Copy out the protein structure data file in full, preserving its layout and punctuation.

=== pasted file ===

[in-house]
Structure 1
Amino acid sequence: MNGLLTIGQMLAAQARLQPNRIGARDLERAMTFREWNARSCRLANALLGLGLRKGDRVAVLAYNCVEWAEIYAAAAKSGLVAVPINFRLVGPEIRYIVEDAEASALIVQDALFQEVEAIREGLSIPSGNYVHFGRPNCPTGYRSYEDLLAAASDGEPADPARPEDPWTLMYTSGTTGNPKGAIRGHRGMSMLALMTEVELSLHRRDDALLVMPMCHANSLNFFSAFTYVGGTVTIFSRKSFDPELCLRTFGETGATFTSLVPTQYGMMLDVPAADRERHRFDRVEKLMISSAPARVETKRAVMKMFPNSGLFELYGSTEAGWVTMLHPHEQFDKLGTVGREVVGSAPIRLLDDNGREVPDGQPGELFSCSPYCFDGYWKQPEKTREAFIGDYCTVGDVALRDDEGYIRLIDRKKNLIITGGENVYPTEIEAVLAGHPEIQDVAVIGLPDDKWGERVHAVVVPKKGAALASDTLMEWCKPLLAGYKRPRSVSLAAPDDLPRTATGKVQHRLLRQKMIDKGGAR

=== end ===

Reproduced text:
[in-house]
Structure 1
Amino acid sequence: MNGLLTIGQMLAAQARLQPNRIGARDLERAMTFREWNARSCRLANALLGLGLRKGDRVAVLAYNCVEWAEIYAAAAKSGLVAVPINFRLVGPEIRYIVEDAEASALIVQDALFQEVEAIREGLSIPSGNYVHFGRPNCPTGYRSYEDLLAAASDGEPADPARPEDPWTLMYTSGTTGNPKGAIRGHRGMSMLALMTEVELSLHRRDDALLVMPMCHANSLNFFSAFTYVGGTVTIFSRKSFDPELCLRTFGETGATFTSLVPTQYGMMLDVPAADRERHRFDRVEKLMISSAPARVETKRAVMKMFPNSGLFELYGSTEAGWVTMLHPHEQFDKLGTVGREVVGSAPIRLLDDNGREVPDGQPGELFSCSPYCFDGYWKQPEKTREAFIGDYCTVGDVALRDDEGYIRLIDRKKNLIITGGENVYPTEIEAVLAGHPEIQDVAVIGLPDDKWGERVHAVVVPKKGAALASDTLMEWCKPLLAGYKRPRSVSLAAPDDLPRTATGKVQHRLLRQKMIDKGGAR